Tag Archives: public relations

Reality Check: Meeker’s Internet Trends Report & Notes for Communicators

Almost 20% of press release views on PR Newswire's web site  originate on a mobile device.

Almost 20% of press release views on PR Newswire’s web site originate on a mobile device.

Summary:  Mary Meeker’s most recent presentation on internet trends (given yesterday at the Re/Code Code Conference) emphasized the powerful growth of the mobile web. In this post we summarize key points from Meeker’s discussion in terms of impact for marketing and PR pros. 

As we approach the mid-year point for 2014, it’s worth taking a minute to consider trends in internet usage as we develop our PR and content marketing plans for the upcoming months.   Internet sage Mary Meeker gave a wide ranging view of internet trends yesterday at Re/Code’s Code Conference, and within her data are some findings that demand communicators’ attention.

The mobile web gathers strength

Growth in use of mobile devices – and thus, mobile internet use – is still extremely strong worldwide, but with just 30% of mobile users using smartphones, a lot of upside remains, which means the mobile web will only grow more pervasive – and important – in the months and years to come.

Even more stunning is the spectacular growth rate of tablet sales, which are growing far more quickly than PCs or laptops ever did.  The portability and intuitive design of tablets are fueling the demand for these devices.

The net effect of these trends in hardware sales is pretty profound: more and more individuals are accessing web-based content from smart phones and tablets. Meeker reported that 25% of web traffic originates from mobile devices today, up from 14% a year ago.

Changes in audience behavior

However, folks are not simply laying laptops aside and picking up their phablets instead.  Mobile devices have ushered in new behaviors, enabling people to use time on a train platform, bus or grocery store checkout line to continue following the news stories, researching the products or engaging in the conversations they were having at their desks. Certainly, there’s more competition for attention than ever, however, audiences are devoting hours of their days to online information and interaction, offering marketers new opportunities to connect.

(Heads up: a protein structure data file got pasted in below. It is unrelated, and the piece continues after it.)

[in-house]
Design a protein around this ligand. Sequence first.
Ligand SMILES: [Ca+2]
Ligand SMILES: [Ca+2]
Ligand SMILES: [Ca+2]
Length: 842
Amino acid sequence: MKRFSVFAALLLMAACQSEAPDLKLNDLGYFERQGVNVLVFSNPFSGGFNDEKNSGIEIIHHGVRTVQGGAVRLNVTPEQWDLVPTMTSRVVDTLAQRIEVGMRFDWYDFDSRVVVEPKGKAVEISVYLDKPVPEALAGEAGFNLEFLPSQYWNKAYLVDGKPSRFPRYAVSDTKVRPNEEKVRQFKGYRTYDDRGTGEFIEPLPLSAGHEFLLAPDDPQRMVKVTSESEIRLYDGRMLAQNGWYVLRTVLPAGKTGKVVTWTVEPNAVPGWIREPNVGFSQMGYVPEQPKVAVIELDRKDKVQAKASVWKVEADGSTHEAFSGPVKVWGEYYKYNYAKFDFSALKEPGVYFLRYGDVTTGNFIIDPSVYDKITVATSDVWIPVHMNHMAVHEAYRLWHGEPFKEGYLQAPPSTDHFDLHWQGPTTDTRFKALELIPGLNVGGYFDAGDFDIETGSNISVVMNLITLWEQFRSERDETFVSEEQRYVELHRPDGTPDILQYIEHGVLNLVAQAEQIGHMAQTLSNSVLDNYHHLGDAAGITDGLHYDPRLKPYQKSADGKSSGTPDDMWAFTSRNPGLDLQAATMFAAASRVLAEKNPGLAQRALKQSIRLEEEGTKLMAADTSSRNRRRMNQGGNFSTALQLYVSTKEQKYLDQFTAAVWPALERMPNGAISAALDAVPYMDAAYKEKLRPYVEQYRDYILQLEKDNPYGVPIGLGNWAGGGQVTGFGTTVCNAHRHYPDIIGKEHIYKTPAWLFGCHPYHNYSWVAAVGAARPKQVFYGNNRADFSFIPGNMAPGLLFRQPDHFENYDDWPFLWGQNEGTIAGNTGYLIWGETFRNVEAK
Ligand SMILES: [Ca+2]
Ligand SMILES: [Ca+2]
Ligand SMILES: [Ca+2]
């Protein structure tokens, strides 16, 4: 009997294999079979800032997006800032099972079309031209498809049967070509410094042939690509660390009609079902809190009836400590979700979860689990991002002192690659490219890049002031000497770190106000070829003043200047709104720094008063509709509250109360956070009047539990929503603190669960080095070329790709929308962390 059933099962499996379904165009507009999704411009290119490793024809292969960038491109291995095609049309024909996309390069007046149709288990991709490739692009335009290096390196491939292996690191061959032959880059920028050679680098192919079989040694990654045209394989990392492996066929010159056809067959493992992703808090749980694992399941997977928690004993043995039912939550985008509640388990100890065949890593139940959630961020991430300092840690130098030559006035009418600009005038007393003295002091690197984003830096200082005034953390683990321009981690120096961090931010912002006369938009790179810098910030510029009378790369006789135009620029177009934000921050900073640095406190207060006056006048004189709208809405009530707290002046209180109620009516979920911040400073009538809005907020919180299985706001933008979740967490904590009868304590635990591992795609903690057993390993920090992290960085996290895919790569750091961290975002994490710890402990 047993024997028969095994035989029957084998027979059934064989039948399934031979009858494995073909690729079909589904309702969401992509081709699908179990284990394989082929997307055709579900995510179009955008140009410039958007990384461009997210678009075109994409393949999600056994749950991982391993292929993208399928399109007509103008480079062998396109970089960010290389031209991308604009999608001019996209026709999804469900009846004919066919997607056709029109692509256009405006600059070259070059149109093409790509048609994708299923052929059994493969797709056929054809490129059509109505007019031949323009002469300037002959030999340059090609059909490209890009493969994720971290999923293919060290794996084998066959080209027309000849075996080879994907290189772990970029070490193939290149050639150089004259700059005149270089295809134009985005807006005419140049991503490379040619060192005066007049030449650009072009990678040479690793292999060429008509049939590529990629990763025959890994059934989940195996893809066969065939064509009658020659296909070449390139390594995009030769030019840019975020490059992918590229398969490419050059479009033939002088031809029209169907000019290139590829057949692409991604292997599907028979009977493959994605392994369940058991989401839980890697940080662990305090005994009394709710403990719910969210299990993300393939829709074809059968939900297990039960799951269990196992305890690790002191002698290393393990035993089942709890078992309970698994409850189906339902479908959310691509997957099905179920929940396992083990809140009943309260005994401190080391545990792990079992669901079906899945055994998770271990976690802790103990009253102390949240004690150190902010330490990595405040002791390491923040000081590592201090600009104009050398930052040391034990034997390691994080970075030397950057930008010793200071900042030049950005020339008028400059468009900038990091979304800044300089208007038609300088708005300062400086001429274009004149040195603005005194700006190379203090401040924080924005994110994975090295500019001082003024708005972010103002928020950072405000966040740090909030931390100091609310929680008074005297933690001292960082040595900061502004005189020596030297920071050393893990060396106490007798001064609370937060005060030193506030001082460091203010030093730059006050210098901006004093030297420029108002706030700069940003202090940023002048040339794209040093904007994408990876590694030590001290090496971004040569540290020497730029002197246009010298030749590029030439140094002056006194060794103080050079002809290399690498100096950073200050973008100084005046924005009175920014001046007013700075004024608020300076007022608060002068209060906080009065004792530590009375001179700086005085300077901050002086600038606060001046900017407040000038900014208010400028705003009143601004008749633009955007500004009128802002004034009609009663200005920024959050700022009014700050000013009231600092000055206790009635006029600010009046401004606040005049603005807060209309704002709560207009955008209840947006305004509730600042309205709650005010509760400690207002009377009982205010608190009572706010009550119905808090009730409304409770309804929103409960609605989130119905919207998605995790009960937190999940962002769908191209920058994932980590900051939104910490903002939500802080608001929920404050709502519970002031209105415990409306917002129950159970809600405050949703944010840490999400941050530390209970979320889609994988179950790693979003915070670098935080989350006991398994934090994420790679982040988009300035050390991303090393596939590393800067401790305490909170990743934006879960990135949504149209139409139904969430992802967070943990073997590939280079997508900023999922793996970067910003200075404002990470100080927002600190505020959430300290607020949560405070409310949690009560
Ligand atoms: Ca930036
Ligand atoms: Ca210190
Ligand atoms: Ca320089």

Imperatives for communicators

Ensuring your organizations’ communications are clear and render well across a range of mobile devices is of indisputable importance today.  Rest assured, your audiences are reading your brand’s blog posts, perusing press releases and viewing videos from their phones and tablets. If the content your organization has published isn’t mobile friendly, audiences will go find content that is, taking with them valuable opportunities for your brand to inform, engage and connect with them.   Here’s a simple checklist to help ensure the content your brand is creating will resonate on the mobile web:

  • Use short, tight headlines (100 characters or so) to capture fast-moving reader attention.
  • When selecting visuals, be sure to use some that are simple and render well on small screens.  I.e. in addition to a large infographic, also include a snippet highlighting a key fact that will be easy to read on a smaller screen.
  • Have a chat with your vendors about their mobile capabilities. PR Newswire’s MediaRoom product, for example, is designed to deliver a consistent user experience for web site visitors, whether or not the client web site employs responsive design.  For sites that aren’t responsive, we’ll create a mobile-optimized MediaRoom, ensuring your PR content is usable on mobile devices (even if the brand web site isn’t.)

“Even if your organization’s website is not optimized for mobile or responsively designed, you still have options for creating an online newsroom that provides your growing mobile visitor audience with the best possible user experience,” noted Chris Antoline, our director of customer engagement and an expert in developing online press rooms.